My Village Tour


A day tour around the Atenas hills . . . with your guide and his family and friends. You will need decent shoes/boots i.e. not flip flops and an understanding that this is a very rustic visit "the way it was".

Young kids to antiques will enjoy this driving tour - the longest walk is through the "coffee jungle" which you can skip if you don't walk and sit and sip the delicious coffee made in the "jungle".

We start the tour at the Pura Vida Hotel after breakfast - your guide will drive you through the sugar plantations of Tacares and the coffee of Grecia where you can visit the famous metal church (theoretically delivered by mistake on the way to Greece but I don't really buy that).

The tour continues along windy narrow country roads by Santa Ulalia - the "home church" of your guide and then on to the village of Morazon.


Trapiche is not a valid scrabble word and the folks that run one of the last Trapiches don't know the origin . . . but the definition is a "rude" sugar mill.

This photo is one of the last active trapiches in Costa Rica that you can visit. It is in the village of Morazon just north of the delightful Atenas about 35 minutes from the Pura Vida Hotel.

This trapiche crushes the sugar in a 100 year old grinder operated by 2 oxen. The crushed juices run into a bucket and the juice is then boiled down in huge concrete vats for some hours. The syrup goes through 2 stages - impurities are removed in the first boil and become pig food or cachusa (nobody seemed to know where that word came from).

The second boil is emptied into wood forms called "molde" creating "Tapas Dulces". The only math at work in a trapiche is "2 Tapas = an Atabo" but we know not why.

The word Tapas derives from cork we are guessing as the sugar blocks resemble an over-sized cork.

One of my favorite authors, Douglas Adams, penned a book called "Last Chance to See" about species soon to be extinct. A visit to a Trapiche is a "last chance to see" of both a process and a way of life not much different from the 1800's in Costa Rica.

The Chicharonera El Trapiche is one of the last. If you look carefully at the guy on the left in the top photo, he is the owner Tobias . . .

As you drive into the lovely village of Atenas you will see a big Boyero (ox cart driver) statue at the entrance to Atenas. Tobias and his trademark Tico hat was the model for the Atenas statue.

Tobias and his family also run the lovely little restaurant that fronts the trapiche. This is an extremely rustic visit "the way it was" - no Sturbridge or Disneyville here. They do not run the trapiche every day but we can make an appointment when we do the tour in many cases.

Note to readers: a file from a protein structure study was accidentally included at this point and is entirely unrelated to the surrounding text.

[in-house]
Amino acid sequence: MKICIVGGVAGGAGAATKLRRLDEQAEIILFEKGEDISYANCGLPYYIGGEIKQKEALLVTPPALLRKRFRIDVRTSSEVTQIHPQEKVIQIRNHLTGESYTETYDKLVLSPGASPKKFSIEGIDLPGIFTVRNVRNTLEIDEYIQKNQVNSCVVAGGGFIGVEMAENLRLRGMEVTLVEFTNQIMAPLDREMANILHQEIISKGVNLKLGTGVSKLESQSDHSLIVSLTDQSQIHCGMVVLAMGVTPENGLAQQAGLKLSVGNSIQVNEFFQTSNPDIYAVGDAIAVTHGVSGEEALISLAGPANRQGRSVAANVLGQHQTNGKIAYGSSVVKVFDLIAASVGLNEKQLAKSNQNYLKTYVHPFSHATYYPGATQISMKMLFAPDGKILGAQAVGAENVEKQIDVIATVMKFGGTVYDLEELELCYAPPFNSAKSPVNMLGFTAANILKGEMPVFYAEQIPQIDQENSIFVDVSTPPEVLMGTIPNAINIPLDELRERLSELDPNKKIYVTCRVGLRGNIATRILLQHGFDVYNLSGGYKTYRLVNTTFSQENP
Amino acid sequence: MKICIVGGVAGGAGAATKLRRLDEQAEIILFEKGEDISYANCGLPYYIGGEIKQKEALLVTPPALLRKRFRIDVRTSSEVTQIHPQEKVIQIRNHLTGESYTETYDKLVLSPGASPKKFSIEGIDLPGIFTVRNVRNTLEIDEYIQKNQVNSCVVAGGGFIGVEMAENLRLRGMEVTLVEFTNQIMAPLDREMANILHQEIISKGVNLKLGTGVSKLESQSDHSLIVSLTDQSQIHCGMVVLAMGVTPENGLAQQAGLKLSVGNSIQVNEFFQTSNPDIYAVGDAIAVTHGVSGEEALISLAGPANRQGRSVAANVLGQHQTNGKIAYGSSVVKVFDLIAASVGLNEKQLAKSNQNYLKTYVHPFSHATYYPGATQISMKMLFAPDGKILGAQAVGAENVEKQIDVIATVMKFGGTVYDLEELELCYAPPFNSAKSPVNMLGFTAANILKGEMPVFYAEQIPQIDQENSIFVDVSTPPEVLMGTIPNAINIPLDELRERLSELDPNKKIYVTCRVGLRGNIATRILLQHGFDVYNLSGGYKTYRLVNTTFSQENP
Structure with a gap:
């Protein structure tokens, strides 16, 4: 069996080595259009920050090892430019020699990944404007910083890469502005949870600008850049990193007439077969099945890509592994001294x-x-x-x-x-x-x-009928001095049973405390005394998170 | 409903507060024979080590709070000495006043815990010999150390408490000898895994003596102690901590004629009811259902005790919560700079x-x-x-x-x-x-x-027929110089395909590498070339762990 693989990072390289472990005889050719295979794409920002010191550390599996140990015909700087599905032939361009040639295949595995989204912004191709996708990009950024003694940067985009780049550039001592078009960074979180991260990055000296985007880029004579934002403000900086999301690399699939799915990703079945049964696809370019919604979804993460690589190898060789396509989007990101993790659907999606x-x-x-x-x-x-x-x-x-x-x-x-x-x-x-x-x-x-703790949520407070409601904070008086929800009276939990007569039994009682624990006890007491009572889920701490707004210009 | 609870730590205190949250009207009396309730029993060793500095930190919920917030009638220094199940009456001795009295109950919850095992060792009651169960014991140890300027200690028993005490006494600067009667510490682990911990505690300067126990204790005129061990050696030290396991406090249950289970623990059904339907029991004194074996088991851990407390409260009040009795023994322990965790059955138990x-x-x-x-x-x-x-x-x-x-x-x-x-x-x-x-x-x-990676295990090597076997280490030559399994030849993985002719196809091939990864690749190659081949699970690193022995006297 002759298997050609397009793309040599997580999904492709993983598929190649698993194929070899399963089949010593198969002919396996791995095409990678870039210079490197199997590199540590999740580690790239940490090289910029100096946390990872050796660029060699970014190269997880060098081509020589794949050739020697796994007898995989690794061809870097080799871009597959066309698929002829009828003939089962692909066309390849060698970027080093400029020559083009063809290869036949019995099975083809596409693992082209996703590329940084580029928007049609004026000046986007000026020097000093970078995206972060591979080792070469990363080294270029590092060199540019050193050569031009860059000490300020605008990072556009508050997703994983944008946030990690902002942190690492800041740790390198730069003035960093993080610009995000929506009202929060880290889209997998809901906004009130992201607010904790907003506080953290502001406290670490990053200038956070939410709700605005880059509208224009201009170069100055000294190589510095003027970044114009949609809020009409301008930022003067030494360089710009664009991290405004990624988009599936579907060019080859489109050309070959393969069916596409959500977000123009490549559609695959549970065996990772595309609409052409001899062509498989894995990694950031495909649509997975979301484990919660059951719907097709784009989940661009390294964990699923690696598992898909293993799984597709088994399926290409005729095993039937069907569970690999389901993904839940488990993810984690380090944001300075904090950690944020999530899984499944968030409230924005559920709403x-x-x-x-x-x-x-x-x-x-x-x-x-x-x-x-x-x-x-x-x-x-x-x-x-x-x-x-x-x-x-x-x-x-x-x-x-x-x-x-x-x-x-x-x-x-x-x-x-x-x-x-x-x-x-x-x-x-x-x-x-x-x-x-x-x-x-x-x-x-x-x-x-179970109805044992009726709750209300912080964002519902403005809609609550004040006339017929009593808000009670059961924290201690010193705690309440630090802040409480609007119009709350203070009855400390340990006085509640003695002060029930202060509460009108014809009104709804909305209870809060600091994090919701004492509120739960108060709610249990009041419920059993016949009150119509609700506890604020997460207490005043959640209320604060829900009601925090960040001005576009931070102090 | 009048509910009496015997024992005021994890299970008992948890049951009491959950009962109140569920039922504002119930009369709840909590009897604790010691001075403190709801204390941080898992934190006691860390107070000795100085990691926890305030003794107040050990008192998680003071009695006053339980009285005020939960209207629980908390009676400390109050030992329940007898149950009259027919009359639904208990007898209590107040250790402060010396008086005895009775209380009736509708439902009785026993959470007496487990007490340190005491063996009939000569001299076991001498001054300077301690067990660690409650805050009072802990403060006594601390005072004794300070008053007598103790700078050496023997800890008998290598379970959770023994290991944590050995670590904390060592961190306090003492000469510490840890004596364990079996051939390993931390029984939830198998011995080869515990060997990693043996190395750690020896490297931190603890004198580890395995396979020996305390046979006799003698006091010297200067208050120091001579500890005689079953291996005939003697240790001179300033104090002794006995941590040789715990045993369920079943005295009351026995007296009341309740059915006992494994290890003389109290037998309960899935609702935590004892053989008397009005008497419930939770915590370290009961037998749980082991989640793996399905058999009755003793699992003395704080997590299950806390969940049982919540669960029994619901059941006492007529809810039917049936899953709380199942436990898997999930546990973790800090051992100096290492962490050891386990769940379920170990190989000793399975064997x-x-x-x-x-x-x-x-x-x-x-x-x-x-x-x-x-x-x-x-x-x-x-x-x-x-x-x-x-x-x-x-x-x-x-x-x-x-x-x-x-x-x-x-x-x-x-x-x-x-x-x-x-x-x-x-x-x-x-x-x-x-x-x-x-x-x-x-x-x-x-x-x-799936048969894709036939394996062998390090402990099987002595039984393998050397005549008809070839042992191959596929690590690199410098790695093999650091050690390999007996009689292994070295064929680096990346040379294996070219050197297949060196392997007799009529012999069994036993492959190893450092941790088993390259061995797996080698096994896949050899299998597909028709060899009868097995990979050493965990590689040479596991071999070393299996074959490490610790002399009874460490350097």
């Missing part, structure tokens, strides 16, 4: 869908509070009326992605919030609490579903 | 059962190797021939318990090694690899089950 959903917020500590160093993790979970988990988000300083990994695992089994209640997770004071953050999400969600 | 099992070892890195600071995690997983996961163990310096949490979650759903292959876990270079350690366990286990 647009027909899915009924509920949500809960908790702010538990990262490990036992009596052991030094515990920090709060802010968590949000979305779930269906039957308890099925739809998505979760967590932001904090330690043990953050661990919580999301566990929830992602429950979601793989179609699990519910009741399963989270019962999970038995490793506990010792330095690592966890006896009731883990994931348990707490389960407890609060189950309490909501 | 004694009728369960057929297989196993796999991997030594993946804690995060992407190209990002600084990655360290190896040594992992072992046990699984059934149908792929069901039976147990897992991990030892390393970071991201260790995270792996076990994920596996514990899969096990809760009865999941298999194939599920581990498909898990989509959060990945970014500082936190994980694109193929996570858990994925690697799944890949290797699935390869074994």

Yesterday we also visited one of the last guys making Yugos (no not the car NATO bombed out of existence) but the Yokes used to run an oxcart team.

Meco is the owners Tico name - mid 70's I'm guessing and fit as a Tico fiddle, standard Tico sense of humor. Meco makes yokes in the style of Meco from mango wood logs.

One of the last chances to see Yugos being crafted anywhere on the planet.

Meco proudly points out the improvements in his design over lesser Yugos.

Even his "chuso" space is different (chuso is the "ox prod" rest in the center of a yugo). I know at least one Boyero in Costa Rica so I'm hoping they will correct any of my suppositions and errors :-)).

Meco knows of Yugos that have probably lasted 100 years. Just ask away on your visit but hurry as this is a last chance to see. Meco (whose real name is Fernando) learned his trade from his grandfather but has no apprentice interested in making the 2 yugos a month he is now asked for. Last chance to see, don't miss.


Further up the hill and around numerous twists and turns is the surprise of my year . . . the delightful El Toledo Organic Coffee farm. Yvette and Gabriel have built a lovely little visitor cafe on the parents coffee finca which has been operated organically for some years.

You'll meet Yvette, Gabriel, Dad and Mom. We have been on a number of coffee tours but none that are able to elucidate the idea of farming in harmony with nature as well as Gabriel does. He also prepares and roasts coffee for a small neighborhood association.

My goodness check out their reviews here on TripAdvisor. The family also have put together this delightful blog which has lots of information about the farm and the tour.

The idea started from something rather pragmatic - Dad was using chemicals on the plantation years back and it was causing him to get ill. The family decided it was time to do something completely different and from then on, organic was the name of the game.

You can find them at the Atenas and Grecia farmers markets if you don't have time to have your mind delightfully bended by this few hours with nature.

Pin It